Riesling 2012

Riesling is entirely German. It became a major variety on the northern extremes of grape-growing, where its full ripening cannot at all be taken for granted. Only on the banks of the rivers is it where the steepest, most southerly facing vineyards are sure to get enough sunshine to ripen and the harvest runs late into the autumn. The topsoil has long been washed away by the rain as the roots cling to the cracks in the rocks, in the place where grape growing is an acrobatic and sometimes dangerous activity. Winemaking around the Mosel-Saar-Ruwer is a struggle both for man and the grapes. But that is exactly the key to the greatness of Riesling. When it is good, Riesling is a uniquely lively, fruity and mineral wine. The vibrant acids perfectly balance out the residual sugar resulting from the often late harvest. Petrol is at times a distinctive note in quality aged Riesling, but it can also be surprisingly floral and fruity.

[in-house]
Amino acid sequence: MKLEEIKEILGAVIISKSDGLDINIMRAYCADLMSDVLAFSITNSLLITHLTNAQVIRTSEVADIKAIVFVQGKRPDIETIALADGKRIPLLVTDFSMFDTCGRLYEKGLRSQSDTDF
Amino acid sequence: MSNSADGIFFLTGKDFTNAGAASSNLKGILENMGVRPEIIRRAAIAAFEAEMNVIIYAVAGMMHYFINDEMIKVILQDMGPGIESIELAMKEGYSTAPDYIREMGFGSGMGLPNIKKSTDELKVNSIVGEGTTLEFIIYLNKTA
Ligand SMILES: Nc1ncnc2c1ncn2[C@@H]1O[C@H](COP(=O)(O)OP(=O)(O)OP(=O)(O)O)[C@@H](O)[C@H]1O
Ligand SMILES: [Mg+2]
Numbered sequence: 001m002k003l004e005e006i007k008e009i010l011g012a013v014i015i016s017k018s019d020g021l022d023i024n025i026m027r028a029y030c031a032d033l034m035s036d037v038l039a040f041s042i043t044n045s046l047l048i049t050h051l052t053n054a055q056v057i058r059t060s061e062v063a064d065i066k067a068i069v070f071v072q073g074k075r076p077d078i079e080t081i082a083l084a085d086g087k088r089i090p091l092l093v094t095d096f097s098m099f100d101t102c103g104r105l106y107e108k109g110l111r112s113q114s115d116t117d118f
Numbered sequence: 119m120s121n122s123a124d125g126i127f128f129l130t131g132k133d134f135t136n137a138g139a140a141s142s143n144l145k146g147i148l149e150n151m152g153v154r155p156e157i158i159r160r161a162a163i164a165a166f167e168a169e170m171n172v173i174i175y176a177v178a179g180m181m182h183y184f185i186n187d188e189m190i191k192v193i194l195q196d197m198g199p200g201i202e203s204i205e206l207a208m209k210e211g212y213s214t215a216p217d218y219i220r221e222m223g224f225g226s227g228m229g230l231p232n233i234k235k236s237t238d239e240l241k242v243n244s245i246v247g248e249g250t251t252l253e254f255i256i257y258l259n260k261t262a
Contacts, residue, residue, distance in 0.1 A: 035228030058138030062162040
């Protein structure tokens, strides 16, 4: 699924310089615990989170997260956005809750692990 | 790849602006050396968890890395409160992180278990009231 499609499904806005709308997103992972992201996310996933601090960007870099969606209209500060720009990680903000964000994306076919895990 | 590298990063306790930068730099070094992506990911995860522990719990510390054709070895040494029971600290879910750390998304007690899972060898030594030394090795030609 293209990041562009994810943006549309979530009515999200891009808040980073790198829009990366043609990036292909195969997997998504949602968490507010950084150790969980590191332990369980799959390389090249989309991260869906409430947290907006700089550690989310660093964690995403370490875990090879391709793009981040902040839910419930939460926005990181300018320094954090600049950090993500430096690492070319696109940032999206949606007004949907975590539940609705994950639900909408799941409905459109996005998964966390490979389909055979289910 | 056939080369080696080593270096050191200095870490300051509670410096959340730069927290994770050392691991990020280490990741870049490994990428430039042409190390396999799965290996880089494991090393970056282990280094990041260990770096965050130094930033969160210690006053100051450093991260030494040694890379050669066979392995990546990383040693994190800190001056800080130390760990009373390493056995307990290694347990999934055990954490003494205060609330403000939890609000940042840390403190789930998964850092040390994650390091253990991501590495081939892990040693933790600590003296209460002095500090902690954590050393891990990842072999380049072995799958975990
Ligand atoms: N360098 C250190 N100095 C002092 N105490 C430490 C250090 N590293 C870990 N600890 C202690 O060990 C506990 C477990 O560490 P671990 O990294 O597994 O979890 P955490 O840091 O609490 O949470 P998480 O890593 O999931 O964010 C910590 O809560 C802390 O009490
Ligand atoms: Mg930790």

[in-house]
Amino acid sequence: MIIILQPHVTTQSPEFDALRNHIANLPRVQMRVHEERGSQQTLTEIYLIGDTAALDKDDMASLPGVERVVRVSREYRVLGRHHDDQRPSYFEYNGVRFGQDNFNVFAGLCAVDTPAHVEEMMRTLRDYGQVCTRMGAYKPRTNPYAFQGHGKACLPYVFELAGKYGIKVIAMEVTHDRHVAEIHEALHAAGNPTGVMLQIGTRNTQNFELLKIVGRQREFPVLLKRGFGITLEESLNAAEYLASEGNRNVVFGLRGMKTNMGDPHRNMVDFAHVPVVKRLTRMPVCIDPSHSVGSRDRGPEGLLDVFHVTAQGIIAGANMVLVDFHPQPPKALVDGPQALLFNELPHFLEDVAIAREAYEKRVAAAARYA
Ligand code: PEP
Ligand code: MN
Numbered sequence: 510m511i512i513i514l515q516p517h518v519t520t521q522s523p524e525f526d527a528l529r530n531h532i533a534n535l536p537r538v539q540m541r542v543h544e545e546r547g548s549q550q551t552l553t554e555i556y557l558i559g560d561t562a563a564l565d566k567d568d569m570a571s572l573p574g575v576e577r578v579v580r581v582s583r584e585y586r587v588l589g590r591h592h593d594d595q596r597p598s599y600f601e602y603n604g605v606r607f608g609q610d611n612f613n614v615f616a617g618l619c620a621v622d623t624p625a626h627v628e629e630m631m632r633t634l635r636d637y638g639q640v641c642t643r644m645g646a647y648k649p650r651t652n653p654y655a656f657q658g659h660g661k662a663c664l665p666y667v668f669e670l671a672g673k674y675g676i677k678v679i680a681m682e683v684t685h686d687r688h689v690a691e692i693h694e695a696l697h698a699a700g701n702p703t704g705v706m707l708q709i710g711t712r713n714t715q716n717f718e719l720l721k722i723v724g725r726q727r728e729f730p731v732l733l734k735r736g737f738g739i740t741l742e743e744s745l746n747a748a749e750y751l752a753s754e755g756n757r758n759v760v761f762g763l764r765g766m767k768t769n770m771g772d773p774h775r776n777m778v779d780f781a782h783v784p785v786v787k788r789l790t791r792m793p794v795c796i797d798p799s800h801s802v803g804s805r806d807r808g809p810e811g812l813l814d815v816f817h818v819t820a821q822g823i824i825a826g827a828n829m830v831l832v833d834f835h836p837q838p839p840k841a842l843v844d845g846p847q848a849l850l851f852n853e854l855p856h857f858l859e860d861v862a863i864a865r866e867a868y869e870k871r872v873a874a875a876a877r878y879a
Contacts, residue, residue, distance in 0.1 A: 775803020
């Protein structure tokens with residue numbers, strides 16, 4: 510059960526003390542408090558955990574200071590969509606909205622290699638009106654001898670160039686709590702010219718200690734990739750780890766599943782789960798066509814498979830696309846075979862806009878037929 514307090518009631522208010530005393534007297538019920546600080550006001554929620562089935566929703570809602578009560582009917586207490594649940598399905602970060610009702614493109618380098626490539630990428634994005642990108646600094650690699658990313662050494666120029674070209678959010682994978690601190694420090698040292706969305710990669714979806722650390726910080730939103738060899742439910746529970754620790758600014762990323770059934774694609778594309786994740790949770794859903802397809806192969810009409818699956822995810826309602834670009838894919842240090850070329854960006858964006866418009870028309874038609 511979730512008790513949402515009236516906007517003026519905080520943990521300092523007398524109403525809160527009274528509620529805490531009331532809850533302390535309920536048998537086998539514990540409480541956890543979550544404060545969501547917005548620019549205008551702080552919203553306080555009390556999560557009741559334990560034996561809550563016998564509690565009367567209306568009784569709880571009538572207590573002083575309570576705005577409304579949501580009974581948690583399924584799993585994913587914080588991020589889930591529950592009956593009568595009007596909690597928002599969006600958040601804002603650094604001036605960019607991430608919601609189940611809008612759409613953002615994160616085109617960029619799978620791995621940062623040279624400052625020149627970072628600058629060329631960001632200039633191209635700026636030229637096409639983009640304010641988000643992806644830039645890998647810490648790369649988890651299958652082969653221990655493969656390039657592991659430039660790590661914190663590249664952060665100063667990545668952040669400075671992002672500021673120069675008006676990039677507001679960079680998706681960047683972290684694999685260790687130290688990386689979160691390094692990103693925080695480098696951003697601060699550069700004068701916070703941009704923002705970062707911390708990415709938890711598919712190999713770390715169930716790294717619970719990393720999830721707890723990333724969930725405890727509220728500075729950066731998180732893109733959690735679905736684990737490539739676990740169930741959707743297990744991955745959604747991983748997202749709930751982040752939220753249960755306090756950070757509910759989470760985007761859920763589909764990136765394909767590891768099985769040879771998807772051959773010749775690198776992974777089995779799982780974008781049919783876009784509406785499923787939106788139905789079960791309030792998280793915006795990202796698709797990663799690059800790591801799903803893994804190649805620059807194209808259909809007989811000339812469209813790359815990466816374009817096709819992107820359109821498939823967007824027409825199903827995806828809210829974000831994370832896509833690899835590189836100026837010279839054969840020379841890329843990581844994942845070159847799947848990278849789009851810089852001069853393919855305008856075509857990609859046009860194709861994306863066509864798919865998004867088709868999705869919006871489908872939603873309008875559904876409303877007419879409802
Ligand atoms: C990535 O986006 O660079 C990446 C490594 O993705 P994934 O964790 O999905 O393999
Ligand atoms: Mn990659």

Riesling is grown almost everywhere in the world, but with this variety, the more favourable the conditions are for ripening, the more modest the resulting wine will typically be. At places where ripening comes easily, the chance of achieving complexity is severely limited and the sharpened blade of the all-important acidity is soon blunted. Beside Germany and Alsace, the most beautiful Rieslings come from Austria’s Wachau, but even these are usually relatively tame in comparison to the German ones. In Hungary, Szent György-hegy, Badacsony and the Balaton-felvidék seem to be the best areas for making serious Riesling, even though we’ve encountered beautiful gems from the variety in Muzsla and in Pannonhalma. The 2012 wines are a good example of this. In the spring, we promise that we will provide a detailed account of this variety as well.